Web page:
Rose Beuret and Auguste Rodin: Fifty Years with a Sculptor Who Became a Genius
8 December 2006
In the second half of the nineteenth century many artists changed their preference from professional models to non-professionals, who looked and moved in a natural way. Rose Beuret was a peasant girl from Haute-Marne who became Rodin’s mistress, helping in the studio and modelling for many works between 1865 and 1880. Once Rodin embarked on the Gates of Hell, however, Camille Claudel was brought into the atelier and their famous affair ensued, rendering Rose’s place in Rodin’s life obscure for the rest of the century. After 1900 when Rodin established the exhibition of his lifetime’s work at his home in Meudon, people from all over the world came to see his museum. But Meudon was also Rose’s home and many visitors recorded their impressions of Rodin’s ‘old mistress’. Dr Ruth Butler, Professor Emerita, University of Massachusetts and author of the authoritative biography of the artist, explores what it was like for Rose to live alongside a ‘genius’ for half a century.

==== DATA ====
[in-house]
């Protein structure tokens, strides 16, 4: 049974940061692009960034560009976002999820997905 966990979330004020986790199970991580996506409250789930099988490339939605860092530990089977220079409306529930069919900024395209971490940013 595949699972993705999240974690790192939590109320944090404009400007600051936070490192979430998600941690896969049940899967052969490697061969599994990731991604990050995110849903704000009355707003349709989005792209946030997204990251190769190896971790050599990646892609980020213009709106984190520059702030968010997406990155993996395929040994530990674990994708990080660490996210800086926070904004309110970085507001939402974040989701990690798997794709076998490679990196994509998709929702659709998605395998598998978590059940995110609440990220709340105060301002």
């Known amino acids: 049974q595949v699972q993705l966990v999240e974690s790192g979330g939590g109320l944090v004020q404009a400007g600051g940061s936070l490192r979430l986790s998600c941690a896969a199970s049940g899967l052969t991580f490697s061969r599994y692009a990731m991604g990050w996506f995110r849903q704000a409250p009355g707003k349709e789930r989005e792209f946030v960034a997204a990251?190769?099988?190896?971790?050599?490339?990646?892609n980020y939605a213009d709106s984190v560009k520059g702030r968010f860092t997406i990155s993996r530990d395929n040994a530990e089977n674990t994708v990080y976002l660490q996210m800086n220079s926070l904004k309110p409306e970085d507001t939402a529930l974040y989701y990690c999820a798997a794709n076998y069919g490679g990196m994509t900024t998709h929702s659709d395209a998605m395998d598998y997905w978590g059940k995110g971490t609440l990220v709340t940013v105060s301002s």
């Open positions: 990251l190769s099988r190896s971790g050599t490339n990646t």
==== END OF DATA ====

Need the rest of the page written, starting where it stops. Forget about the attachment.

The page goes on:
Reynolds Room, Royal Academy; 6.30–7.30pm unless otherwise stated; £14/£6 students (incl. exhibition entry & drink), £10 (incl. a drink)